Both books are worth reading; Hubbard's influence on FAIR is noticeable and positive. FAIR has the advantage that it comes with a fairly built-out ontology for assembling data or estimates. The OP touches on the top level (Loss Event Magnitude and Loss Event Frequency), but the ontology goes quite deep and can be used at multiple levels of detail.
The calculations are not difficult, I've implemented them twice in proofs-of-concept, including one that produces pretty charts.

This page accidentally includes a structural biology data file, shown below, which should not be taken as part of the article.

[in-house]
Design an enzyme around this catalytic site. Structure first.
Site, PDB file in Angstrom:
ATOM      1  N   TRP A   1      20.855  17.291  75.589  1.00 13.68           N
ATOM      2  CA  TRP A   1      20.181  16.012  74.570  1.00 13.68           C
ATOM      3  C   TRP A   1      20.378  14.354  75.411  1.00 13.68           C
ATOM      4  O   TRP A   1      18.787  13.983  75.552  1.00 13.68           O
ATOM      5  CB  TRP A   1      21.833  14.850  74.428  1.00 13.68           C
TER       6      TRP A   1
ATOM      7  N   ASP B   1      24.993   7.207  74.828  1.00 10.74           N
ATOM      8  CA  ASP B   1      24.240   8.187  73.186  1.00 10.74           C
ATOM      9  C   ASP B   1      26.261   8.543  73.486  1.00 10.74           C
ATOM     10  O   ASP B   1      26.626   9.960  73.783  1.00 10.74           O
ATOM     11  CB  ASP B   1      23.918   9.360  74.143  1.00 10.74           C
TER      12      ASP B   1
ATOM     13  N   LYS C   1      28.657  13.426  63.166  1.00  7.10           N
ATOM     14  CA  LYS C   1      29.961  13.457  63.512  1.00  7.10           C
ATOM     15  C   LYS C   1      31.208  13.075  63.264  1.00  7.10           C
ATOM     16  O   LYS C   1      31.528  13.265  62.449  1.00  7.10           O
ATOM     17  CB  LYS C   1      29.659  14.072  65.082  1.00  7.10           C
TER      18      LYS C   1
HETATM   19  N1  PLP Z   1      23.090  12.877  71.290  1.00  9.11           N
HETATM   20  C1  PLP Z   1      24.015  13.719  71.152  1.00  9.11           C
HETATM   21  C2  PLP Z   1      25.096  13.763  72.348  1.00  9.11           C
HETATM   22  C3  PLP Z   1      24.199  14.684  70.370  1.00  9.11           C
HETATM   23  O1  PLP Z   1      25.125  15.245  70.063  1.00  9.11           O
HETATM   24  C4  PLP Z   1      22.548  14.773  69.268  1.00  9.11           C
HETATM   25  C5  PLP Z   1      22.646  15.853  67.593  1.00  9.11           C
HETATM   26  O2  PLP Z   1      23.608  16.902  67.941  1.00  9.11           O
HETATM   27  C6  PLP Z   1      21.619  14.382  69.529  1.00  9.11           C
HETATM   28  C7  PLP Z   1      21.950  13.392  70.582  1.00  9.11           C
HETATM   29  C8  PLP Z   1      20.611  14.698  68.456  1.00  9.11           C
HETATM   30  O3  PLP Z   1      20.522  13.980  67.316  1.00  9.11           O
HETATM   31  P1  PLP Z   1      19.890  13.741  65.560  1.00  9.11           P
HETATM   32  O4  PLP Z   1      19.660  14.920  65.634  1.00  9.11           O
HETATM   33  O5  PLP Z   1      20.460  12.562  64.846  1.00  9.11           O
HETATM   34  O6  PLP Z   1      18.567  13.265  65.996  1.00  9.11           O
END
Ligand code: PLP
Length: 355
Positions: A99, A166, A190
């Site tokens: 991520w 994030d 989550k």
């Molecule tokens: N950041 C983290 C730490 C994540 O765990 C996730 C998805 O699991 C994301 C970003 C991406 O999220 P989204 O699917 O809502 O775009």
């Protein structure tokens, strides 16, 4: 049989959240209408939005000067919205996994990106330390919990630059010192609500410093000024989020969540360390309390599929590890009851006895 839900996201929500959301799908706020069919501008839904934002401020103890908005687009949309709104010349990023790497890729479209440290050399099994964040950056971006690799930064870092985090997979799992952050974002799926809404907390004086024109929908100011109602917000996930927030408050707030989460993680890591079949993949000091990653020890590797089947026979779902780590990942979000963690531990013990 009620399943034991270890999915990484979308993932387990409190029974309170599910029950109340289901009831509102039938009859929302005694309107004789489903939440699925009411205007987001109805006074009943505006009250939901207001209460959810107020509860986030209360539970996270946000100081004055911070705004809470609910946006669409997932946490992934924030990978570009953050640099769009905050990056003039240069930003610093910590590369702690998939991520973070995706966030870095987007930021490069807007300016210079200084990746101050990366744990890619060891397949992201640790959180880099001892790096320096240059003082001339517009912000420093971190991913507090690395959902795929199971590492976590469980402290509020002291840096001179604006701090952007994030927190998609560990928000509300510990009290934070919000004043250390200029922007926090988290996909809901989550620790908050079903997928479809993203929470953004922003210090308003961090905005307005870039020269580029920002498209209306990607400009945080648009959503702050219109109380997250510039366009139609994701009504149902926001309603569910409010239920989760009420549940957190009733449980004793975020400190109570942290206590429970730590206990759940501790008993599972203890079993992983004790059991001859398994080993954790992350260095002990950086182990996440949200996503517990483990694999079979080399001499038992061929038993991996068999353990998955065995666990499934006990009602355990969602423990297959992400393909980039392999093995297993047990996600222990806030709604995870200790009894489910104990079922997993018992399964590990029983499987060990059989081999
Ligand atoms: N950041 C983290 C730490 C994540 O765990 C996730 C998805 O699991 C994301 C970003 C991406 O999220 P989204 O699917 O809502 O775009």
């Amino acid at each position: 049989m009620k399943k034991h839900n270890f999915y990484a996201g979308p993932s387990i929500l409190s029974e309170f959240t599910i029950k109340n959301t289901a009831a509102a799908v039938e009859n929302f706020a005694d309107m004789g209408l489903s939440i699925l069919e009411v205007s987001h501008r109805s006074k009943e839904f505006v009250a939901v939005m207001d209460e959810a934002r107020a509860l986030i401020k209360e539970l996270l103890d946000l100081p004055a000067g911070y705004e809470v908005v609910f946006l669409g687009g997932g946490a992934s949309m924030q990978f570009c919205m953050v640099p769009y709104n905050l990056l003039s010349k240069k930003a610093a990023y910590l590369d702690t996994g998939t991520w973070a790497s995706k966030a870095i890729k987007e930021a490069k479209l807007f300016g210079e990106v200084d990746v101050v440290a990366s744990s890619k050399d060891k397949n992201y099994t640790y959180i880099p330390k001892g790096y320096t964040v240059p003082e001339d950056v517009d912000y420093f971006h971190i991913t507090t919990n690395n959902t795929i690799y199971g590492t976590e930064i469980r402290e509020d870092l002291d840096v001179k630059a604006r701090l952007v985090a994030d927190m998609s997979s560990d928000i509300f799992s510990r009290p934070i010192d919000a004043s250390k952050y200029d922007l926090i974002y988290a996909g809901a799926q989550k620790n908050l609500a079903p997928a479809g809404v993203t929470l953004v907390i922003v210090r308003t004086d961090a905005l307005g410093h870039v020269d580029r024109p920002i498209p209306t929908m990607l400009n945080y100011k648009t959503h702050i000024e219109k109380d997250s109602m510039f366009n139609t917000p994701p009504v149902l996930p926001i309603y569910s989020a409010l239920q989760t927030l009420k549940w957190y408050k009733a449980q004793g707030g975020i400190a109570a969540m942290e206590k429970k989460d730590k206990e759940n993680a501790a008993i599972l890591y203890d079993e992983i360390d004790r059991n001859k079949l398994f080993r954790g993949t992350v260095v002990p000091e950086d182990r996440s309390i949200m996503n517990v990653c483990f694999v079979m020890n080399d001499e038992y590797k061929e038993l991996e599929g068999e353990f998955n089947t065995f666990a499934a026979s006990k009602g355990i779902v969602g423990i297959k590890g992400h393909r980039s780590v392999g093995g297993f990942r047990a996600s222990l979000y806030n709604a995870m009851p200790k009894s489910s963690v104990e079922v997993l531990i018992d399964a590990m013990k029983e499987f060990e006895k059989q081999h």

The difficult part, to be honest, is that developing good estimates is difficult and frequently uncomfortable and the gains are not easily internalised.
Additionally, serious tool support is lacking in the places where it would make a difference -- issue trackers, for example.
edit -- Another good book in this area is Waltzing with Bears by DeMarco & Lister. A short, funny, insightful read, as you'd expect from the authors of PeopleWare: https://www.amazon.com/Waltzing-Bears-Managing-Software-Proj...
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